Scotland won't stand in Grant Bradburn's way if he wants to pursue the vacant New Zealand coaching job.
Former New Zealand allrounder Bradburn has been in charge of Scotland since mid-2014. This week the second tier nation, ranked No 13, pulled off one of its greatest wins, beating the world's No 1 ODI side, England for the first time, to scenes of unbridled joy in Edinburgh.
With Mike Hesson having announced his resignation as New Zealand coach last week, effective from the end of July, and Scotland having no commitments for the rest of this year after their tri-series against Ireland and the Netherlands next week - and with fierce historic rivals England having been toppled - Bradburn might figure the timing is propitious.
The longtime Northern Districts player and coach, now 52, is widely respected for his work with Scotland. They have won 14 and lost 21 of 40 ODIs since Bradburn arrived, and won 10 and lost nine of 22 T20 internationals. His contact finishes at the end of December.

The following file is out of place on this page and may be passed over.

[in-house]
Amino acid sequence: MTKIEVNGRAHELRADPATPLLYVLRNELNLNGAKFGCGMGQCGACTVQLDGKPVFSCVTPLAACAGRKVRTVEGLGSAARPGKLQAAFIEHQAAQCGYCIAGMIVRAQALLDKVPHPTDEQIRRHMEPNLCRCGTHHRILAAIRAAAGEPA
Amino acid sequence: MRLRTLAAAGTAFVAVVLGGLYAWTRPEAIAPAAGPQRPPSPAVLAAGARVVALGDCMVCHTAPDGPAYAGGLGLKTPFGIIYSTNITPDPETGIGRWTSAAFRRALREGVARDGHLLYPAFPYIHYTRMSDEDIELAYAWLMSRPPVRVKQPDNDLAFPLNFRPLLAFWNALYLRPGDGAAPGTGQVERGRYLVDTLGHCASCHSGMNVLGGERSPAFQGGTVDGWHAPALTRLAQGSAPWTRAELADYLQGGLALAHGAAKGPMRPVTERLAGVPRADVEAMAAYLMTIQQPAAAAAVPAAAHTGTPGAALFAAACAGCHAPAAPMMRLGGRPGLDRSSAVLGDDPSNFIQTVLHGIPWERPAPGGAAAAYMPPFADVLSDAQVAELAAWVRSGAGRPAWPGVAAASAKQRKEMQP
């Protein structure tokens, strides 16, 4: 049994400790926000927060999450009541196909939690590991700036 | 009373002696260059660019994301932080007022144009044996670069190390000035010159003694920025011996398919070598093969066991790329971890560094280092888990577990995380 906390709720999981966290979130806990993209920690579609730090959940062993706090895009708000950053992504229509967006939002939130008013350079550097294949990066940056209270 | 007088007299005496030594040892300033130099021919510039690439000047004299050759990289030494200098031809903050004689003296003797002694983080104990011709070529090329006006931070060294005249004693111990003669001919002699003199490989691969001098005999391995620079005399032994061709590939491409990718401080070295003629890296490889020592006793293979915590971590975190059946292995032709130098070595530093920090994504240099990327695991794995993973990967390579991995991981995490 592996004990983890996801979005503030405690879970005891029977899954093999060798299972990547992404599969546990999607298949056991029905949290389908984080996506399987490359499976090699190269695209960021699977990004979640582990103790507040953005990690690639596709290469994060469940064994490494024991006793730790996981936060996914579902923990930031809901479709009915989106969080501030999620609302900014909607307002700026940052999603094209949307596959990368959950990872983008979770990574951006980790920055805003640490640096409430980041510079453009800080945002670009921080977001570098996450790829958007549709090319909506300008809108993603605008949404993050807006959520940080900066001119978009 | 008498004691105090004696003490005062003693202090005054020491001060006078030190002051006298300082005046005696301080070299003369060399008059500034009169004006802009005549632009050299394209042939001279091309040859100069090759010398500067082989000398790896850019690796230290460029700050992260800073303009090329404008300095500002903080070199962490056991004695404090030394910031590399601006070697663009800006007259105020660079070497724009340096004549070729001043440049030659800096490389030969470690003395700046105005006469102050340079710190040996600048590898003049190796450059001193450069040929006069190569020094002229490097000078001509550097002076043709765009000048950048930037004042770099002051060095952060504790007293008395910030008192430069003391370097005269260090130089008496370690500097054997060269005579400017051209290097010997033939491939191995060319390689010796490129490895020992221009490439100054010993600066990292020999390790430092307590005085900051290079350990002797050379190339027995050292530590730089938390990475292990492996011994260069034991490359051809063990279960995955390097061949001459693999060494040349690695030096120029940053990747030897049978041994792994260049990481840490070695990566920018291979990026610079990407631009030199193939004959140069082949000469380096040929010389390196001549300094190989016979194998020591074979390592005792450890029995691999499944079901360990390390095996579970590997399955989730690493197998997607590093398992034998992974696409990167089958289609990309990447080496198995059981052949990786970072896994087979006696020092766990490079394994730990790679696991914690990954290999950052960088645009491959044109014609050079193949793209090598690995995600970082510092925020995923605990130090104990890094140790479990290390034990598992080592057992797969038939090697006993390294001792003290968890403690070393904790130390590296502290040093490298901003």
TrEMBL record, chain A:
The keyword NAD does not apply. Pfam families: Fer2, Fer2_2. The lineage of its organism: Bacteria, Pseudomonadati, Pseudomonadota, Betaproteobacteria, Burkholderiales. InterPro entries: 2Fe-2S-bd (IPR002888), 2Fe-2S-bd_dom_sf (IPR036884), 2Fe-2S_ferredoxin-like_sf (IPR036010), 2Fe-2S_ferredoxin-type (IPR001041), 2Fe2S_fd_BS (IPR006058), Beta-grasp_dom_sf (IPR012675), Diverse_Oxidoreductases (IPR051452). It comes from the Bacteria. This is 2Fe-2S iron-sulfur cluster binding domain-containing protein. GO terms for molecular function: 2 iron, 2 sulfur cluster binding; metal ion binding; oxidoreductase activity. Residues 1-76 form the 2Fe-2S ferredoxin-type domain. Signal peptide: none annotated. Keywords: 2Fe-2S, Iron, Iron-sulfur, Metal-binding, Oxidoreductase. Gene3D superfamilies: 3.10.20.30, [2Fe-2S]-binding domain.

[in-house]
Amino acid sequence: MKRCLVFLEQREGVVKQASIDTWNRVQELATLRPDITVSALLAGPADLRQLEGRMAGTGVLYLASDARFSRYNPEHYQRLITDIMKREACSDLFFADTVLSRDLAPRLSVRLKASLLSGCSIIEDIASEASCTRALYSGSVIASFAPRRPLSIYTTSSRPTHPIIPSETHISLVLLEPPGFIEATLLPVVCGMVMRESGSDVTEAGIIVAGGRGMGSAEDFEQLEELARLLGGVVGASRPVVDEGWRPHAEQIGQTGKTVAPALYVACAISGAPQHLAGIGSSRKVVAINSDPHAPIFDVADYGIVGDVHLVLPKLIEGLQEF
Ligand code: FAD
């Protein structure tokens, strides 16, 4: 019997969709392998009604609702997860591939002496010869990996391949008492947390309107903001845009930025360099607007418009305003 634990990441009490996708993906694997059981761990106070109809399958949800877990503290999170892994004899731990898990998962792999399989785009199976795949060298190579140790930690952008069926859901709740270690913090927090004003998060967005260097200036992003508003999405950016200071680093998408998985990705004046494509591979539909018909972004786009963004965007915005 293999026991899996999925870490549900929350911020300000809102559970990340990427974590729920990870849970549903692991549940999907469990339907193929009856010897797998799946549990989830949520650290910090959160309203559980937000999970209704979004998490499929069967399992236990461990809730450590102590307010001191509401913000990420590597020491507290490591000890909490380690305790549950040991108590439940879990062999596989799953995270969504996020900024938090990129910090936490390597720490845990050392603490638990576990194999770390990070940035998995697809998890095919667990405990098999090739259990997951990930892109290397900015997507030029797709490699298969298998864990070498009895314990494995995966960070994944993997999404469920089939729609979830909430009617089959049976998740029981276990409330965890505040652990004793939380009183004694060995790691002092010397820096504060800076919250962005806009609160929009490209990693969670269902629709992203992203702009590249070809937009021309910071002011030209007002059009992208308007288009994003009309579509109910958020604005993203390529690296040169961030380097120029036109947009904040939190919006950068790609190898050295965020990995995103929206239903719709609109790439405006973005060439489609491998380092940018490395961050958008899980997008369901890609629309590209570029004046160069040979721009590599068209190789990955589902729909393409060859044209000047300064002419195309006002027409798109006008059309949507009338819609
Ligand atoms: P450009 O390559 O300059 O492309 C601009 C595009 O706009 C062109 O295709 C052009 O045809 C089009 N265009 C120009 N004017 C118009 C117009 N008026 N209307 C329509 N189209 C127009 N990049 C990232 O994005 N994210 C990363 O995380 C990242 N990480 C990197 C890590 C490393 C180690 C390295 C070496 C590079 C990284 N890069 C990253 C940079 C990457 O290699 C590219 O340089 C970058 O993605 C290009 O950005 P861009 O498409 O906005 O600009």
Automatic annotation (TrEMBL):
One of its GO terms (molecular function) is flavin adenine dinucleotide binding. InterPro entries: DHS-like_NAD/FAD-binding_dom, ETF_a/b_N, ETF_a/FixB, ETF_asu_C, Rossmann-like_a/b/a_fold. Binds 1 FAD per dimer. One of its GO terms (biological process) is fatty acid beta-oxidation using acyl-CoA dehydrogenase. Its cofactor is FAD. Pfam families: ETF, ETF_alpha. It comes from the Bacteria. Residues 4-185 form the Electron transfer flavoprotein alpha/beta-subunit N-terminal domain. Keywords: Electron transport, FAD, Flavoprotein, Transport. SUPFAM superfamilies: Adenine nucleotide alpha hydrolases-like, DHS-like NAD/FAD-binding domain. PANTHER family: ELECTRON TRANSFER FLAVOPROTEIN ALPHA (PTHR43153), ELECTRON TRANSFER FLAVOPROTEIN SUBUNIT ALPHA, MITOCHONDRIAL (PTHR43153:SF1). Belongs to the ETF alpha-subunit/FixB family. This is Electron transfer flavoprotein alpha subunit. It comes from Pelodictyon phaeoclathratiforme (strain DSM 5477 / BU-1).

"Grant, if he's not being talked about for (the New Zealand job), he should be," Cricket Scotland chief executive Malcolm Cannon said.
New Zealand Cricket are likely to have a solid pile of candidates for the job when it's advertised soon. There are no guarantees for Bradburn, who took ND to limited overs and first-class titles before heading overseas.
"I suspect there aren't many jobs in the world he would leave Scotland for, but that would be one and we would absolutely recognise that. We wouldn't stop him going for that job," Cannon said.
Scotland have beaten four full member nations and Bradburn, who played seven tests and 11 ODIs in the 1990s and early 2000s, has been a significant figure in their growing professionalism, Cannon added.
"Grant has professionalised the whole approach Scotland has to the men's game. Professional cricket has only existed nine years in Scotland.
"What he has done is put other parts of professionalism to the team in terms of approach, training, diet, strength and conditioning. But more than that he's brought a different attitude. He's taught the players to take responsibility."
Scotland have no games inked in yet for next year, making it a tricky selling exercise. But Scotland want Bradburn to stay.
"He's been a massive part of the team. He's done his hard yards and made major difference.
"It would be a step up but one I know he's capable of doing," Cannon added of the New Zealand vacancy.